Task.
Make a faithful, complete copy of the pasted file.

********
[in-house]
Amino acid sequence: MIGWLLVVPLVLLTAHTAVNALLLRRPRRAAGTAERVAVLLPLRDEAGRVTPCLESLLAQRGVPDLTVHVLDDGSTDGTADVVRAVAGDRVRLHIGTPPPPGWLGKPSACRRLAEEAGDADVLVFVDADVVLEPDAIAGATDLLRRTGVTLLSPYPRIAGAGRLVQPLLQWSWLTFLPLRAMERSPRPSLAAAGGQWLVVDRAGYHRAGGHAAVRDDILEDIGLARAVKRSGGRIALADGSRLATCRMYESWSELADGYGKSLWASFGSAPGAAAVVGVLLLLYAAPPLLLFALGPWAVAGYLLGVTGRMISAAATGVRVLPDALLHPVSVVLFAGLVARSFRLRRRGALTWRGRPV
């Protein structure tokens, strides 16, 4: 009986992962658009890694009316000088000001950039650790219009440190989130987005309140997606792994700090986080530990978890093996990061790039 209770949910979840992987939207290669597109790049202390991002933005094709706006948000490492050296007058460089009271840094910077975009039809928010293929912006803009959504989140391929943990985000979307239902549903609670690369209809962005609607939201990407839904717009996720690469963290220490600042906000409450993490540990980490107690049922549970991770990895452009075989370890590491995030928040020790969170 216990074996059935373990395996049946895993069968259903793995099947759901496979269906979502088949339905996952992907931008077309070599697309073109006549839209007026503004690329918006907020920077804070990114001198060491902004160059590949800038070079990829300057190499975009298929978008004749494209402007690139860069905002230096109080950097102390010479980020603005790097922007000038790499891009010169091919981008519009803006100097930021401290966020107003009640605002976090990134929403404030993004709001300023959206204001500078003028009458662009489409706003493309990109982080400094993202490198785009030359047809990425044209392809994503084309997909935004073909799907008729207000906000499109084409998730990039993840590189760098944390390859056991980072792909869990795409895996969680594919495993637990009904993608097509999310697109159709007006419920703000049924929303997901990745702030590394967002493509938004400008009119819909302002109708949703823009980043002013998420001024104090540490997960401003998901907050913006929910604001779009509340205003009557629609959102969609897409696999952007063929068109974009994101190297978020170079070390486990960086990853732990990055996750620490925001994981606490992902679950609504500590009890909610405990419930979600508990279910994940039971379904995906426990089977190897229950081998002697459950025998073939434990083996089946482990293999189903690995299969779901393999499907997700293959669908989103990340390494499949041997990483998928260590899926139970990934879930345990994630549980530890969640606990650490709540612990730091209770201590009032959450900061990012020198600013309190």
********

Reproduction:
[in-house]
Amino acid sequence: MIGWLLVVPLVLLTAHTAVNALLLRRPRRAAGTAERVAVLLPLRDEAGRVTPCLESLLAQRGVPDLTVHVLDDGSTDGTADVVRAVAGDRVRLHIGTPPPPGWLGKPSACRRLAEEAGDADVLVFVDADVVLEPDAIAGATDLLRRTGVTLLSPYPRIAGAGRLVQPLLQWSWLTFLPLRAMERSPRPSLAAAGGQWLVVDRAGYHRAGGHAAVRDDILEDIGLARAVKRSGGRIALADGSRLATCRMYESWSELADGYGKSLWASFGSAPGAAAVVGVLLLLYAAPPLLLFALGPWAVAGYLLGVTGRMISAAATGVRVLPDALLHPVSVVLFAGLVARSFRLRRRGALTWRGRPV
């Protein structure tokens, strides 16, 4: 009986992962658009890694009316000088000001950039650790219009440190989130987005309140997606792994700090986080530990978890093996990061790039 209770949910979840992987939207290669597109790049202390991002933005094709706006948000490492050296007058460089009271840094910077975009039809928010293929912006803009959504989140391929943990985000979307239902549903609670690369209809962005609607939201990407839904717009996720690469963290220490600042906000409450993490540990980490107690049922549970991770990895452009075989370890590491995030928040020790969170 216990074996059935373990395996049946895993069968259903793995099947759901496979269906979502088949339905996952992907931008077309070599697309073109006549839209007026503004690329918006907020920077804070990114001198060491902004160059590949800038070079990829300057190499975009298929978008004749494209402007690139860069905002230096109080950097102390010479980020603005790097922007000038790499891009010169091919981008519009803006100097930021401290966020107003009640605002976090990134929403404030993004709001300023959206204001500078003028009458662009489409706003493309990109982080400094993202490198785009030359047809990425044209392809994503084309997909935004073909799907008729207000906000499109084409998730990039993840590189760098944390390859056991980072792909869990795409895996969680594919495993637990009904993608097509999310697109159709007006419920703000049924929303997901990745702030590394967002493509938004400008009119819909302002109708949703823009980043002013998420001024104090540490997960401003998901907050913006929910604001779009509340205003009557629609959102969609897409696999952007063929068109974009994101190297978020170079070390486990960086990853732990990055996750620490925001994981606490992902679950609504500590009890909610405990419930979600508990279910994940039971379904995906426990089977190897229950081998002697459950025998073939434990083996089946482990293999189903690995299969779901393999499907997700293959669908989103990340390494499949041997990483998928260590899926139970990934879930345990994630549980530890969640606990650490709540612990730091209770201590009032959450900061990012020198600013309190």